The dedication for my book (I am going to ask my parents not to read this post as it is dedicated, with all my love, to them) references three of our favorite children's books and the nursery rhyme that my father took and made his own. Rhythm. Words. Rhyme. They connect. They bind. They last.

Tiffany Blue

Some days are just powered by something different. Writing is different. Reading is different. On these days my brain does not slowly creak to life like an old Volvo as it normally does. It hops out of bed feeling springy and expansive, more like a Mini Cooper painted in Tiffany blue. Knotty plot glitches melt and the obvious path presents itself complete with signposts and balloons. Icky, unwieldy, placeholder sentences get replaced by brightly efficient new ones and writing is so much fun.

I have no idea what it is about those days. (This is not one of them by the way.) I do know it is the same unseen power at work that makes clothes fit better, hair do that weird wonderful flippy thing that is impossible to recreate later, shoes not hurt, parties easy and fun, movie theatres seats comfy, dogs less drooly, hats look good, keys work in locks, old friends phone and money turn up in the pocket of jeans.

It is great. Writing feels stretchy, available, pliable, patient. Other days, sentences must be worked, tinkered, picked up, puzzled, moved and refitted--constantly. And that is fun. That is a worked, wrought kind of fun. This is a sugared, clean, snap into place sort of fun. Both are valuable. I have to write every day, not just on those days. But sometimes, when the writing feels oddly cornered, and the puzzle pieces want to cook a bit more before they are willing to fit, you really wish the day were painted in Tiffany blue.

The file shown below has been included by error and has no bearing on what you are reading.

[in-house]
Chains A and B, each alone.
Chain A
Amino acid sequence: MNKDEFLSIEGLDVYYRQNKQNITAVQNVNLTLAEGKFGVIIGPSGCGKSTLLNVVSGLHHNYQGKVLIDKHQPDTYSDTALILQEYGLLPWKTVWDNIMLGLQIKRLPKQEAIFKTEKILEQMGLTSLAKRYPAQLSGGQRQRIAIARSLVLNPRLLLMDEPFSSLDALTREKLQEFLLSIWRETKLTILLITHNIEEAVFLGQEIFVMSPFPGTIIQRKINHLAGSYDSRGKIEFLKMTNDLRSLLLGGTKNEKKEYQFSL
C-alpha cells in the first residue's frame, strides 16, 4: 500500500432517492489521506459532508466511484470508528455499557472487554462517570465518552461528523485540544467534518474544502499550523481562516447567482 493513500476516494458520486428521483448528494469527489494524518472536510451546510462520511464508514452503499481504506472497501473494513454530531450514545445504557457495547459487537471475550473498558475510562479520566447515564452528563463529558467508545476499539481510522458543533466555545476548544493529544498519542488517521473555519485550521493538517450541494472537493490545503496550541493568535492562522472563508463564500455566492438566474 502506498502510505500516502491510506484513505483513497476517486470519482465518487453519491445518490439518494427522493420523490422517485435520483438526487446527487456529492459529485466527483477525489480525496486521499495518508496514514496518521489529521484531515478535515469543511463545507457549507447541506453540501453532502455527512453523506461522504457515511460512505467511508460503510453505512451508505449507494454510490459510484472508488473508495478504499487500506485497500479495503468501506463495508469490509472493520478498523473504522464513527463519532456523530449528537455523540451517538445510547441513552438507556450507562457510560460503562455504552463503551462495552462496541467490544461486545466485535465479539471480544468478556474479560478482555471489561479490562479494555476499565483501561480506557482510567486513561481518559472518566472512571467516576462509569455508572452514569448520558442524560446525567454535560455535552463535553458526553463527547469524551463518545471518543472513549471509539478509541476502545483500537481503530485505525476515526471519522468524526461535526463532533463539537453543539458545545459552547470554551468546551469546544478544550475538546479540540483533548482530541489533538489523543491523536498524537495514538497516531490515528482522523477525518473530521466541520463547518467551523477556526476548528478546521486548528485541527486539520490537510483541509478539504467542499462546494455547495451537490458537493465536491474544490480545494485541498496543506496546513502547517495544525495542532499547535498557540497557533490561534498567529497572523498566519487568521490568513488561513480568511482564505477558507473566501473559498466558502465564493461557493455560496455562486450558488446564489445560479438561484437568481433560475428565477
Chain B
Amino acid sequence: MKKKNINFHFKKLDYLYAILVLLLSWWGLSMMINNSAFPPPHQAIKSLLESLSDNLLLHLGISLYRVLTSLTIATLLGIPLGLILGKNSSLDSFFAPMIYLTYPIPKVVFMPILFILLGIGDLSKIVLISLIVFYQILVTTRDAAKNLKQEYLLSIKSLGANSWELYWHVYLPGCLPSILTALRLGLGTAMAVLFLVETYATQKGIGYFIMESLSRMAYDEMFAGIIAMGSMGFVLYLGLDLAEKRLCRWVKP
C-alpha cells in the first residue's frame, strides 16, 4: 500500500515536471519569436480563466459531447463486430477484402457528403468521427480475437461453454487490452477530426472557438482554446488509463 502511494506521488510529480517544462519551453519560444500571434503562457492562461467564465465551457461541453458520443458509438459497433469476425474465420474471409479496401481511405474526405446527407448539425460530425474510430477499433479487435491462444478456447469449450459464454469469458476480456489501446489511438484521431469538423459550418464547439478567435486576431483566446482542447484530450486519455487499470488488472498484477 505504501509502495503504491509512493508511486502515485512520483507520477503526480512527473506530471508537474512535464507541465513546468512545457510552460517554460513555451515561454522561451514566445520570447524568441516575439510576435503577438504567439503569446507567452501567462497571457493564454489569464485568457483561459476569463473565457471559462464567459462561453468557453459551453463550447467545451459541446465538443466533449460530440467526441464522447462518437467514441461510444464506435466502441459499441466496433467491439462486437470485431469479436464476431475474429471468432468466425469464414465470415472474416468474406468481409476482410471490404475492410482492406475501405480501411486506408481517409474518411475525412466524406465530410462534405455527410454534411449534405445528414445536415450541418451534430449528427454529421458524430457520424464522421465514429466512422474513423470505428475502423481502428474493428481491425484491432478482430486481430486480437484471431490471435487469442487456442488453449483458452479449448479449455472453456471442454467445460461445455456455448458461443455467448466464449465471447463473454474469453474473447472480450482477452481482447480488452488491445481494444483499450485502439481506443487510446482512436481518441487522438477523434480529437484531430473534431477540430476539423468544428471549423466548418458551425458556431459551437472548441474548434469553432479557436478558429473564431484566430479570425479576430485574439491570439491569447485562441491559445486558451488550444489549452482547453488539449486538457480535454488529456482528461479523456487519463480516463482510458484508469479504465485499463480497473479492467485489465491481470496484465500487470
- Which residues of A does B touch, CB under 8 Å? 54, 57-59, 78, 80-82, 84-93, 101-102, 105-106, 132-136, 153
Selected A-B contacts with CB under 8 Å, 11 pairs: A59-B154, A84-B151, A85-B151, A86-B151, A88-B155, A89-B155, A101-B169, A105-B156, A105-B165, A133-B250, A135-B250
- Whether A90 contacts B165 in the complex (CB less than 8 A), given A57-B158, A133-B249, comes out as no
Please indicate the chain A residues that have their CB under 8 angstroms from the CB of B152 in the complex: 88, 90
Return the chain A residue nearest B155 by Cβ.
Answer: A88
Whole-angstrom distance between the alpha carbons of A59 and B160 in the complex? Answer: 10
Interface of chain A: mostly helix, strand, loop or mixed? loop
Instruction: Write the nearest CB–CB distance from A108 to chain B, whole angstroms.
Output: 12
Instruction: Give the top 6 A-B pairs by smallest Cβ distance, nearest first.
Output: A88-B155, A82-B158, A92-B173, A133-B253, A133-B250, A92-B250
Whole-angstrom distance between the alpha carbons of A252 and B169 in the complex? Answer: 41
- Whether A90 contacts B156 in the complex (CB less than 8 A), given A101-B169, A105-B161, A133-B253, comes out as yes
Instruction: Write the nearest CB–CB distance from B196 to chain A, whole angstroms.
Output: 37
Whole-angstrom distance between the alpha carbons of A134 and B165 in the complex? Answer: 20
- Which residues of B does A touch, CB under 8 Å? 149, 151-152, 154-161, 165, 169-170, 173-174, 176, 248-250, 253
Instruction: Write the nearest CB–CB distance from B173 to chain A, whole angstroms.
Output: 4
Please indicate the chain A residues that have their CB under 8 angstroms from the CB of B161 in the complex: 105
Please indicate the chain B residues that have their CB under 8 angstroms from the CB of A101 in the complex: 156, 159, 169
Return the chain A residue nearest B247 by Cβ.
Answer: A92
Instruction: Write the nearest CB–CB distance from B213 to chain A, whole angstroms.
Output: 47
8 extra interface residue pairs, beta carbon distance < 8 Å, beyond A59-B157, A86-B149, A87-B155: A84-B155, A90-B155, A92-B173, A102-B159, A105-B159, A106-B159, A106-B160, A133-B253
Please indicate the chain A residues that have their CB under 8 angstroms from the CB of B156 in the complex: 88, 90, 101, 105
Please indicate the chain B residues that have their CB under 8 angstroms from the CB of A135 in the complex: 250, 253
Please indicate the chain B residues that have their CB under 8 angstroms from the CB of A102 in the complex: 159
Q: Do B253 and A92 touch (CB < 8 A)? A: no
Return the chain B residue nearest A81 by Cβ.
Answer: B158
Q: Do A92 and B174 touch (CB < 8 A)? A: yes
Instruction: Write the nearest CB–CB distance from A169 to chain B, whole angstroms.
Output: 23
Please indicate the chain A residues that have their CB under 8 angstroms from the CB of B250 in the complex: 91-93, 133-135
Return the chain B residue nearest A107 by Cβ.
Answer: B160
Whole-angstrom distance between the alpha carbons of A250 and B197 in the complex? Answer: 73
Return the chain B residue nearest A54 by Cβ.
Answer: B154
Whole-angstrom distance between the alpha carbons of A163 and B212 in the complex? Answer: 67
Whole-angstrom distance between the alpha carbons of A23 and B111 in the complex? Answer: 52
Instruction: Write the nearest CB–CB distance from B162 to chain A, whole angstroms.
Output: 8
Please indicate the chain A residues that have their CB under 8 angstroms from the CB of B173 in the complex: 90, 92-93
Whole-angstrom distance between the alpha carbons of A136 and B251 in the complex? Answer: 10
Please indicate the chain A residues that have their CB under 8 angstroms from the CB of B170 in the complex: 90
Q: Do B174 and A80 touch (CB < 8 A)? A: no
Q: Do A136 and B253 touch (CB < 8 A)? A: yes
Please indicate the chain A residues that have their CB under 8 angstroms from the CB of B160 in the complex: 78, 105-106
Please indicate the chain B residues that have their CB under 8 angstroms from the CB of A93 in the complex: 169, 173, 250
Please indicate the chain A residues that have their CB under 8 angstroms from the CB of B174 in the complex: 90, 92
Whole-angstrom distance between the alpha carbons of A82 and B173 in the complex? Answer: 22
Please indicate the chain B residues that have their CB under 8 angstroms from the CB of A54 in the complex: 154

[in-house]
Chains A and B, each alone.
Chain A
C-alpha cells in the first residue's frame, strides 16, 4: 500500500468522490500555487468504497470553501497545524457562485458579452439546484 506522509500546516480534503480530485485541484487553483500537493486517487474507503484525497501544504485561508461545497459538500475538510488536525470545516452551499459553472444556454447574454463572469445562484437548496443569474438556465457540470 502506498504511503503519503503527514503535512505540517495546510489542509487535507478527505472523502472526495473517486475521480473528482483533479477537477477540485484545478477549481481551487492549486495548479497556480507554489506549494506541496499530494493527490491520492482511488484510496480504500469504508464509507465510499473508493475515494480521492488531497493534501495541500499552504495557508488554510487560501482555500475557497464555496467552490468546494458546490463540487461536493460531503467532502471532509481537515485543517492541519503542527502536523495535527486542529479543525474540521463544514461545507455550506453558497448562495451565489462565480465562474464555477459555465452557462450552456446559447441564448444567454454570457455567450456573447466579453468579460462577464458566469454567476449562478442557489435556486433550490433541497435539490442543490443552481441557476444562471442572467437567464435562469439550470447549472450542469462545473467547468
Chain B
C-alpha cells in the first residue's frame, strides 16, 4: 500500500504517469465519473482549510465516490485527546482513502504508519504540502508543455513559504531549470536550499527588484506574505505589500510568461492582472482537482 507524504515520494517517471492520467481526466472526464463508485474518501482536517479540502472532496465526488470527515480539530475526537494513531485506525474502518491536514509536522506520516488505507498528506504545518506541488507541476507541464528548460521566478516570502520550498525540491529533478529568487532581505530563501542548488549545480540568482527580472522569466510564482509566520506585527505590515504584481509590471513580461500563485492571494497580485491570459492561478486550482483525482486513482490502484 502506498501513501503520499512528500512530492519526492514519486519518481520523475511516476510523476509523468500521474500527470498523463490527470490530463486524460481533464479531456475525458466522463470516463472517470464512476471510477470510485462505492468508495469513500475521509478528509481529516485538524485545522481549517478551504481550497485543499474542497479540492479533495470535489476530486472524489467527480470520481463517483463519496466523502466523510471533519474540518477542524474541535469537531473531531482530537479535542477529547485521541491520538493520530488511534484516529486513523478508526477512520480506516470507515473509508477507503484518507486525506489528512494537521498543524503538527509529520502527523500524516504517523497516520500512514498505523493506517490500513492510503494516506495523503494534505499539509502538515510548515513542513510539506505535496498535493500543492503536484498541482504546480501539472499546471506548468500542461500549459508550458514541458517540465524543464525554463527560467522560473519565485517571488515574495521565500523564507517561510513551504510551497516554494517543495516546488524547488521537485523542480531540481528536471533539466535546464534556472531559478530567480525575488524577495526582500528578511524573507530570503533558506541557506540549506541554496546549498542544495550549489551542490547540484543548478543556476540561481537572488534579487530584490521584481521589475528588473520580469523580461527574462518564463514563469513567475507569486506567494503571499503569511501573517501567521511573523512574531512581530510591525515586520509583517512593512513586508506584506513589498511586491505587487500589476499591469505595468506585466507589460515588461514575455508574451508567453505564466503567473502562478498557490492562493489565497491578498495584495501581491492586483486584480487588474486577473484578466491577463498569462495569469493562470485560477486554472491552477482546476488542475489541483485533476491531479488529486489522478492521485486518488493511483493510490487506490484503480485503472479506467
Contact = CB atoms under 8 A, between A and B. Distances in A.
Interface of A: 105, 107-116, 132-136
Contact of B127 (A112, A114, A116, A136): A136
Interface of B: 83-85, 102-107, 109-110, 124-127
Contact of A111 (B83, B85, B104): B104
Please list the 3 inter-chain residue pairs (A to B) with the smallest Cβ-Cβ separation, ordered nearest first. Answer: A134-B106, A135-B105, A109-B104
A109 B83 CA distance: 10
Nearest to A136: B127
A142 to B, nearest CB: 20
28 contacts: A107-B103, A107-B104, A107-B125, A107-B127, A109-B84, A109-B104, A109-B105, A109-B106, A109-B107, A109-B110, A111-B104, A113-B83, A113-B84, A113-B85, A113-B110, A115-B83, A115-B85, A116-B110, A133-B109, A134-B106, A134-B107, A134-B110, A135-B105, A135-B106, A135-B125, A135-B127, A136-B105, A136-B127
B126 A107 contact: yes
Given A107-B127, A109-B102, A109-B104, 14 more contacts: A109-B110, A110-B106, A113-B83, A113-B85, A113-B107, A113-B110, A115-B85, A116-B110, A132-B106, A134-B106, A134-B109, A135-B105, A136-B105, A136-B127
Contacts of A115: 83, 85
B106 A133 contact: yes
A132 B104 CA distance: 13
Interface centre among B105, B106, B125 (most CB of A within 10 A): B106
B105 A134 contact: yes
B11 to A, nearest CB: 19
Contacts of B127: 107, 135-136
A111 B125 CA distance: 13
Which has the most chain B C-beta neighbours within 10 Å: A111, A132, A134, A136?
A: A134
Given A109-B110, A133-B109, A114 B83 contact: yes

Saturday, April 10, 2010


Yesterday was amazing! I have always felt a bit pressed up against the candy store window of the bloggy world. I would read people posting back and forth and interacting with each other, discussing books and histories and writing and publishing and think: how do they find each other?

And so I would write. Sometimes I would sheepishly post something on Facebook and then encourage everyone not to read it. I am not a big status posting person but more of a 'please take that embarrassingly awful photo of me down right now sort of person'. I admire the status posting people. I admire the bloggy posting people. I admire the people with enough courage in their passions and interests to fearlessly put it out there. Until yesterday, I was certainly not one of them.